Carton, Crahay and Handler. The opinion of the court was delivered by Handler, J.A.D.
Defendant William Lee Johnson was charged with possession of a controlled dangerous substance, contrary to N.J.S.A. 24:21-20. As a result of a guilty plea the defendant was sentenced to an indeterminate term at Yardville Youth Reception and Correction Center. This sentence was suspended and the defendant was placed on probation with the express condition that he be admitted to an in-patient drug treatment center. The trial judge also denied defendant's application for suspension of proceedings under N.J.S.A. 24:21-27, setting forth his reasons in a separate letter.
On this appeal defendant questions the judge's refusal to apply N.J.S.A. 24:21-27 by suspending proceedings and placing defendant under supervisory treatment.
It is urged that the statute mandates the suspension of criminal proceedings in every case where the judge has made the findings prescribed by N.J.S.A. 24:21-27(c) (1) and (2). Thus, it is asserted, if defendant's presence in the community or in a civil treatment center or program will not pose a danger to the community, and if the terms and conditions of supervisory treatment will be adequate to protect the public and will benefit defendant, the judge is obligated under the statute to accord defendant supervisory treatment and may not impose conventional criminal sanctions.
It is recognized that the discretionary factual findings enumerated in N.J.S.A. 24:21-27(c) are an essential precondition to the availability of the suspension procedures of the statute. A judge, having made such findings under these legislative standards, is not then free to disregard or refuse to consider on an application the feasibility of conditional discharge and supervisory treatment as a viable alternative to a penal sentence. Cf. State v. Pollara , 130 N.J. Super. 119 (App. Div. 1974).
We do not subscribe to defendant's argument in this case, however, that the judge's statutory authority is circumscribed and defined solely by the conditional standards of N.J.S.A. 24:21-27(c) and that once those findings are made the judge's discretion is exhausted. On this point State v. Bush , 134 N.J. Super. 346 (Cty. Ct. 1974), relied upon by defendant, is incorrect and premised upon a misinterpretation of State v. Pollara, supra.
In the present case, the judge determined inferentially that defendant satisfied the criteria of N.J.S.A. 24:21-27(c). Nevertheless, he concluded that it was not suitable or appropriate that defendant be given the singular advantages of a conditional elimination or suspension of criminal handling and nonpenal supervision. The narrow issue, therefore, is whether this determination constituted an abuse or mistaken exercise of discretion warranting reversal or modification.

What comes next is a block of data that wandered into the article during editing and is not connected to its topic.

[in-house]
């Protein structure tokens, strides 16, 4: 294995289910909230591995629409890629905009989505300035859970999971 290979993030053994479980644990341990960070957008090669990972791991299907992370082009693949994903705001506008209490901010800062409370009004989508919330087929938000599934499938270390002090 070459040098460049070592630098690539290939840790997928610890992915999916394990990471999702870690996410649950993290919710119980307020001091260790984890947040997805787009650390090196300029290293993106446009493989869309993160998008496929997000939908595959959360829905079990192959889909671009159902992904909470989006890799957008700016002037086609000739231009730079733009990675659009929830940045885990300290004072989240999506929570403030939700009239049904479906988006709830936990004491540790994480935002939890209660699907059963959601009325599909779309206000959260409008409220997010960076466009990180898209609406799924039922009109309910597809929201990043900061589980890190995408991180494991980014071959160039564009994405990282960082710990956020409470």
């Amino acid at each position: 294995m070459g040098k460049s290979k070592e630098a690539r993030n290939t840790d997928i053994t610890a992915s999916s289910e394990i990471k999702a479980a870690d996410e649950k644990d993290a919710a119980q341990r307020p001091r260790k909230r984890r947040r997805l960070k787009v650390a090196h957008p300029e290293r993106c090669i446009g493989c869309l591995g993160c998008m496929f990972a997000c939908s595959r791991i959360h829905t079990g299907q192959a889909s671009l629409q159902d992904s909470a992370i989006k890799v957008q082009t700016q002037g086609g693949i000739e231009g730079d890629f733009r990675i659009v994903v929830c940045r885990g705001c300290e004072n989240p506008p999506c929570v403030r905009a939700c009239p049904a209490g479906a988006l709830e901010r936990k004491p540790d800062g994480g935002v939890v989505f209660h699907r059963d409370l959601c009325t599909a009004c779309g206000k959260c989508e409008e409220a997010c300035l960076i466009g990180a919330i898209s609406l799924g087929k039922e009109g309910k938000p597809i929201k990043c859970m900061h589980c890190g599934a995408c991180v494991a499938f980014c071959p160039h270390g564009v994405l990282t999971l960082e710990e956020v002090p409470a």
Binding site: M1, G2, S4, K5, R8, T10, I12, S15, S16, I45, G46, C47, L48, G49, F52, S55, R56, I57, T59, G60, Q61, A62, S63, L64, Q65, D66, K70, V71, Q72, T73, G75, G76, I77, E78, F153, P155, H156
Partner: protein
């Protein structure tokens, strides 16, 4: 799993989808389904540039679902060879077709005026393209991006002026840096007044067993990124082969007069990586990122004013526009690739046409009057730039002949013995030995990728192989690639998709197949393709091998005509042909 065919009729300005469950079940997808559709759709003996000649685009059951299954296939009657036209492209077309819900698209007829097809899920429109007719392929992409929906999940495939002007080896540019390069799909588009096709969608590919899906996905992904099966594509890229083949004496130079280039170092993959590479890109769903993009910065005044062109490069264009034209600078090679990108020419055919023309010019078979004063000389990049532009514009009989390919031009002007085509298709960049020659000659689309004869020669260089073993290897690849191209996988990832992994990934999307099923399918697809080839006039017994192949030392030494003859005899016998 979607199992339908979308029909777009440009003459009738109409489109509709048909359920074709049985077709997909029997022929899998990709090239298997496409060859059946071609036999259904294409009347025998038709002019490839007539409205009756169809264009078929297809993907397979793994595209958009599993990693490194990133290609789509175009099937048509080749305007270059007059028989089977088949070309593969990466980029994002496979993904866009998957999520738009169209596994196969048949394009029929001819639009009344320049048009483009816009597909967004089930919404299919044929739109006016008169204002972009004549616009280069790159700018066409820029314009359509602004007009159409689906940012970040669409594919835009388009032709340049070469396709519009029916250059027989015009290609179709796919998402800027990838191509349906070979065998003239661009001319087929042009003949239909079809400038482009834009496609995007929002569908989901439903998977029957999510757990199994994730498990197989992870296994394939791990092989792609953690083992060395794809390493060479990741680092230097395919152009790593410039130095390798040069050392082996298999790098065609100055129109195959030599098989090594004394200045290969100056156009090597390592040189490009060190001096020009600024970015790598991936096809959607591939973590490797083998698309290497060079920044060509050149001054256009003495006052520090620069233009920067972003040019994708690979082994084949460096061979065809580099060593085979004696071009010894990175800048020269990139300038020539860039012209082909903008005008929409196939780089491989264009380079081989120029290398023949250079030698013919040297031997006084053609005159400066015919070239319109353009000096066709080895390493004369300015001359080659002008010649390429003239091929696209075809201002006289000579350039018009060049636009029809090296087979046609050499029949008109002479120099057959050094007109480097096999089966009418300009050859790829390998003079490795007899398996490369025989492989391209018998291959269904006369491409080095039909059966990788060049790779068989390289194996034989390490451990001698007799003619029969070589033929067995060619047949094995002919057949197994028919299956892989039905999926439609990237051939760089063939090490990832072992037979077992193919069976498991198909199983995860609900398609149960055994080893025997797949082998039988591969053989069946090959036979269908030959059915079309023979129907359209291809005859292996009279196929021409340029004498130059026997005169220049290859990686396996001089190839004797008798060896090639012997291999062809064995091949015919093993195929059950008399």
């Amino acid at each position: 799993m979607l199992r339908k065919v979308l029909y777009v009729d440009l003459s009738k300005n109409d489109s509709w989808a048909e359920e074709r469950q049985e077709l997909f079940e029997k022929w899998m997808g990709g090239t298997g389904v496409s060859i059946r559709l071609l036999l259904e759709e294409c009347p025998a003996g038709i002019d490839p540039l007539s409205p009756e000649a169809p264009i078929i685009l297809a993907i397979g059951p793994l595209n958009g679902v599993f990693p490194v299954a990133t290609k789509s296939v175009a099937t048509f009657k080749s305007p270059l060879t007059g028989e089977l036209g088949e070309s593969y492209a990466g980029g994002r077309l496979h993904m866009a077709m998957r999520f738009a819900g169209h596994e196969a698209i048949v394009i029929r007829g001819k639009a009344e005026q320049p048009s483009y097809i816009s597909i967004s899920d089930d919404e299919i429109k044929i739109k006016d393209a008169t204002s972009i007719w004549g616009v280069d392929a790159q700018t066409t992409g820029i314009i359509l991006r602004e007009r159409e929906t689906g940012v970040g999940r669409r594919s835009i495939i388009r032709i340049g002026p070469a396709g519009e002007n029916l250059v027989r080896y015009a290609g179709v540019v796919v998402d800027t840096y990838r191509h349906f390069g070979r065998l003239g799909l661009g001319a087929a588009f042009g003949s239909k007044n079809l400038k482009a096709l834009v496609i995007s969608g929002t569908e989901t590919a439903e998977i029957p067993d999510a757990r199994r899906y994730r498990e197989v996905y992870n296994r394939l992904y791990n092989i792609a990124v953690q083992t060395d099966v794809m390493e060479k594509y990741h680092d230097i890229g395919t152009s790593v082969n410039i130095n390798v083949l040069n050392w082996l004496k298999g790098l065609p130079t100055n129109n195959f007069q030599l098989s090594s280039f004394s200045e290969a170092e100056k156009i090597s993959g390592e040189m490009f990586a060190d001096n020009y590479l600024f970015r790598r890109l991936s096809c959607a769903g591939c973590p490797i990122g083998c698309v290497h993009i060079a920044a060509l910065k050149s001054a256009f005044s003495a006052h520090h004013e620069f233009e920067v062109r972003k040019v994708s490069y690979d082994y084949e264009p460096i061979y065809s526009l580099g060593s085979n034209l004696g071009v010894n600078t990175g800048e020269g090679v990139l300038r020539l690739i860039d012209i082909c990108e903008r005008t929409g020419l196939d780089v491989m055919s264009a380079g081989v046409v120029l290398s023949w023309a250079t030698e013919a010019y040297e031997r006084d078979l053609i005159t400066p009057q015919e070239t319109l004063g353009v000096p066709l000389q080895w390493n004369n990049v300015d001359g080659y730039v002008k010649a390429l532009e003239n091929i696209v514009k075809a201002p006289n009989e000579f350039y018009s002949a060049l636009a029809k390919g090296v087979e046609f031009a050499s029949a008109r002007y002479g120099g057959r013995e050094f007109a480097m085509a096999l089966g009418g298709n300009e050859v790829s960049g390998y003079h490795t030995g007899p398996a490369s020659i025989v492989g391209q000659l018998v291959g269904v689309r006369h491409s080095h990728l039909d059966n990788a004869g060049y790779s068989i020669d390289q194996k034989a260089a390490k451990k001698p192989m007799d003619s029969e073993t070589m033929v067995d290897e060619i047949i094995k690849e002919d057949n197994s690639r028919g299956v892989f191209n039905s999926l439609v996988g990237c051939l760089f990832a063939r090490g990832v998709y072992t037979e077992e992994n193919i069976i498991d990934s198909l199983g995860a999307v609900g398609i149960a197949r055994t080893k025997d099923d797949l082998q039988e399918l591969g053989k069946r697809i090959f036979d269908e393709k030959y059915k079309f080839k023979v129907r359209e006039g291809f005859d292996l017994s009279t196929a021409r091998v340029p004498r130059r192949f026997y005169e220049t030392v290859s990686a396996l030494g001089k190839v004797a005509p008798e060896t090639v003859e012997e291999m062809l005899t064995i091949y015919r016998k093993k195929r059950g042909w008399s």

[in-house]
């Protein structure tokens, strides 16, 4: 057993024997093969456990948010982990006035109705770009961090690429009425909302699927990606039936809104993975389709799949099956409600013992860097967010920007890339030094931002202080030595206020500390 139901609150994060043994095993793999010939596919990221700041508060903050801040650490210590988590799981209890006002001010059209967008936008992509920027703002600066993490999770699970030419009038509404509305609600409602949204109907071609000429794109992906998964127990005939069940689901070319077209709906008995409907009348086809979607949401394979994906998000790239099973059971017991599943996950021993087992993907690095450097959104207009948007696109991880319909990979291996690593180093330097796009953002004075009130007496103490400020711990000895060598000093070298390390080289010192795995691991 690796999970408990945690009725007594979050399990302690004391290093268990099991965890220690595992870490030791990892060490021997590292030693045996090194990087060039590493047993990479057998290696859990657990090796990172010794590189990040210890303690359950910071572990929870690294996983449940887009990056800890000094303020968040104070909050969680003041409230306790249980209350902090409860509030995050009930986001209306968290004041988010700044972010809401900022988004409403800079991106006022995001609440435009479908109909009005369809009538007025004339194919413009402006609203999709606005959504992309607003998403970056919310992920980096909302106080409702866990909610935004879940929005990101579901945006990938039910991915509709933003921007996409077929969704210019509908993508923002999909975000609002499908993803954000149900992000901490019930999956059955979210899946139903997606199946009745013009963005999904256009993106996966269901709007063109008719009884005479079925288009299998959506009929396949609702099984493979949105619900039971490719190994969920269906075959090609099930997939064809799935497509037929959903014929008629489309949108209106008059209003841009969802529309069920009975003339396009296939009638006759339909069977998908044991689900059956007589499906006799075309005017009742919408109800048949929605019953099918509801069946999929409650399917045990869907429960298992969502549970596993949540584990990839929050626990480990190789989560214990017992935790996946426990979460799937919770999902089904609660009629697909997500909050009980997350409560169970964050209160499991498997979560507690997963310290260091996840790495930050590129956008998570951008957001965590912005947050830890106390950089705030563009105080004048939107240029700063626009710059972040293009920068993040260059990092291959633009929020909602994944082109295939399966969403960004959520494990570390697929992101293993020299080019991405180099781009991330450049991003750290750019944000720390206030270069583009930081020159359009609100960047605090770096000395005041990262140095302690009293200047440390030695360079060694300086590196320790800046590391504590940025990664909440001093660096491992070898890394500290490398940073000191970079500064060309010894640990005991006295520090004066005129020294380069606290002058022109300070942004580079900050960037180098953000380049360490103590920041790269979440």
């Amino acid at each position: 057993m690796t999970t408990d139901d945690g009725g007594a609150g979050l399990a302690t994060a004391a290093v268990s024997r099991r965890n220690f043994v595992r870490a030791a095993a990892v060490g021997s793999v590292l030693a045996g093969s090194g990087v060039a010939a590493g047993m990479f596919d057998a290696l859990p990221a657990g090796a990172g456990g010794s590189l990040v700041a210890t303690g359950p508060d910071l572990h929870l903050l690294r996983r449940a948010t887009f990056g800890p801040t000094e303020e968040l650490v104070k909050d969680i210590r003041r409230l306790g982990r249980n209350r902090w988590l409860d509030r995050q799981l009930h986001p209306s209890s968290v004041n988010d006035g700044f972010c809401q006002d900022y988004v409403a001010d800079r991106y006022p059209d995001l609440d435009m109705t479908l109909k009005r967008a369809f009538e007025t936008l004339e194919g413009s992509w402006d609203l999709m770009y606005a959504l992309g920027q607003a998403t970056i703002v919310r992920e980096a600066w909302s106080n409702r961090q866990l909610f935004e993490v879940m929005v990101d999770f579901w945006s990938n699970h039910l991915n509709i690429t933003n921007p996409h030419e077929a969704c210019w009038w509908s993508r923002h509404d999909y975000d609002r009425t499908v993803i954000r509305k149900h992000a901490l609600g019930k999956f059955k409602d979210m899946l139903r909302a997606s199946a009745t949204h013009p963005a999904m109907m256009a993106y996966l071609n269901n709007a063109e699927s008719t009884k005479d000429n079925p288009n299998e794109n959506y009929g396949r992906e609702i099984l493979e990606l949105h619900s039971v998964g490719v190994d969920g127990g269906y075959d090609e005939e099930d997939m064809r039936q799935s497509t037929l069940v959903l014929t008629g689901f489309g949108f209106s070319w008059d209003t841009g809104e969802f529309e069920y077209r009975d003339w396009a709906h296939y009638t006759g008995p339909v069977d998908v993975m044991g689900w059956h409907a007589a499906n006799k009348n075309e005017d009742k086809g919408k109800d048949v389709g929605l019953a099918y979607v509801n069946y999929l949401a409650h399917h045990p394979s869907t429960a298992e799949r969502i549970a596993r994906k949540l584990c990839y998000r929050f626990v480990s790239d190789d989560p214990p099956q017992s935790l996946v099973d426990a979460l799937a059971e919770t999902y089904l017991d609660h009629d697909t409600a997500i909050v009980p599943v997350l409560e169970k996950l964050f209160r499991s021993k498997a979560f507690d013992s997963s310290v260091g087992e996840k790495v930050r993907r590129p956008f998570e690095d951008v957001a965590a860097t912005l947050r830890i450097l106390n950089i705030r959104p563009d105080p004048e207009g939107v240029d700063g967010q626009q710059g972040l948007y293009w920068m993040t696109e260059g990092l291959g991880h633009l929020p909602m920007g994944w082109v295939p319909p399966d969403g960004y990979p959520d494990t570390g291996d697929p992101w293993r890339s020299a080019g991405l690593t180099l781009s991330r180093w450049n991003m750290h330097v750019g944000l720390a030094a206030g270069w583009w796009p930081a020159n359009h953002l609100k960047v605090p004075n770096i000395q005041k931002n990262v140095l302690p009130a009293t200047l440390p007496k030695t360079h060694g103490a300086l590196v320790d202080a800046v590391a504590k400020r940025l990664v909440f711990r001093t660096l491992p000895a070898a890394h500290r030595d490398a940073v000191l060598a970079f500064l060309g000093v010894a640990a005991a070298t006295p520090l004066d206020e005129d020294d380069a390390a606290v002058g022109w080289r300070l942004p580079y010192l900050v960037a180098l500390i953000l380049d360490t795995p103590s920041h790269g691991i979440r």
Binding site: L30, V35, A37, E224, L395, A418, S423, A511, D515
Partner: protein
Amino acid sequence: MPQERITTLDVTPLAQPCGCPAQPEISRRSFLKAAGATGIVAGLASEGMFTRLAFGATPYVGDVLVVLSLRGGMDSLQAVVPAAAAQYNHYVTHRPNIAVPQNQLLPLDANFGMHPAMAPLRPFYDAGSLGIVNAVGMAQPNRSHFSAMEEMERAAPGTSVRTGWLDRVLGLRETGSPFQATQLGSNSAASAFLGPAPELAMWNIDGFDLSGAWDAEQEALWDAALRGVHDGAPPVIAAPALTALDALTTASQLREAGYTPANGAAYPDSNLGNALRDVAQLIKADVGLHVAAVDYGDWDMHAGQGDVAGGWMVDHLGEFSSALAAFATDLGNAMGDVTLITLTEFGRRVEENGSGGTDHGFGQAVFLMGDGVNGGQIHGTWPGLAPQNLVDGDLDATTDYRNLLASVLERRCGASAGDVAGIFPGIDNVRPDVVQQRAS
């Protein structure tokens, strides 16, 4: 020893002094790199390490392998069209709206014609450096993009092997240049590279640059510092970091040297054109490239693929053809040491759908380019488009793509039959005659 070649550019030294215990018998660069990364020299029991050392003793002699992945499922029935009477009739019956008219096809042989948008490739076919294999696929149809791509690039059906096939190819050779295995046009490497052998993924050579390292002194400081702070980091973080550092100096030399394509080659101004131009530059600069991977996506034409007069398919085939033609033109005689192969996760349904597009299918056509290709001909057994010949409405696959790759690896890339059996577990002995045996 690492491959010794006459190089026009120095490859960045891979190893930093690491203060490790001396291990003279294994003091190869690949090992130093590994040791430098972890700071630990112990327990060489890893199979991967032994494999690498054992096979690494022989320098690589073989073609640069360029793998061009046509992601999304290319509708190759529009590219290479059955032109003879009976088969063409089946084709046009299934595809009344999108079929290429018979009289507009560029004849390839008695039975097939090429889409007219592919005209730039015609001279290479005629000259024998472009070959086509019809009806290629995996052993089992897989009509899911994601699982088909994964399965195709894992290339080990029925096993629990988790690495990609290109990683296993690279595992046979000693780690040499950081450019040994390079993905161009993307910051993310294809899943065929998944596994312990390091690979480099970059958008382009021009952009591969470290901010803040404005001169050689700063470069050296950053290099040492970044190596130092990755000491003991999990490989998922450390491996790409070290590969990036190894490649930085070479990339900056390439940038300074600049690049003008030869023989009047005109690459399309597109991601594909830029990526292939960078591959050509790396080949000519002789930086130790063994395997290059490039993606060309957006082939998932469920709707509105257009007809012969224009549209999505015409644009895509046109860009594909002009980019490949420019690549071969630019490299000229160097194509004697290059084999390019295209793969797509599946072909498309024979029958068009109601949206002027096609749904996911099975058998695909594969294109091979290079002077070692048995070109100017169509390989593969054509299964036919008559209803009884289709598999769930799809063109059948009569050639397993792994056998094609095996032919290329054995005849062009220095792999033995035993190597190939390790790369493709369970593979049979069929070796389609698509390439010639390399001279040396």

We are satisfied that the action of the trial judge was proper and appropriate. A full review of the record demonstrates that the judge discharged his discretion conscientiously and rendered a decision as to a disposition fitting the defendant which was reasonable, made in good faith and commendably evinced a sincere and deep concern for defendant's welfare. Several factors bore upon the judge's ultimate determination, such as defendant's arrest for the present offense following shortly an earlier arrest, the duration and extent of his addiction, and his environmental surroundings.
It might be further noted that defendant at the time had been a heroin addict for three years and that he had a habit of two bags a day. He was arrested, however, with 40 bags or glassine envelopes of heroin in his possession and by his own admission possessed them with the intent to share and use the narcotics with his wife. It is not amiss to observe that if defendant had been formally charged with possession with intent to distribute, as well he might have been under the circumstances, he would have been statutorily disentitled to the suspended criminal proceedings afforded certain kinds of first offenders. State v. Battaglia , 135 N.J. Super. 211 (App. Div. 1975). Although charged and convicted only of simple possession, the court should be mindful of the further criminal implications of defendant's conduct and the total circumstances surrounding the criminal event. The nature and quality of the criminal act, as well as the formal statutory charge, are factors which should influence the discretion of the sentencing judge. See State v. Di Luzio , 130 N.J. Super. 222, 230-231 (Law Div. 1974).
Under all of the circumstances, therefore, we find on the part of the court below no abuse of discretion or any mistake in its exercise in refusing to grant defendant's application for a conditional discharge under N.J.S.A. 24:21-27.
It is further asserted by defendant that the sentence actually imposed was manifestly excessive and an abuse of discretion. Among other things, it is claimed that there was no basis to require residential treatment and that the presentence report was favorable to defendant. It is also mentioned ...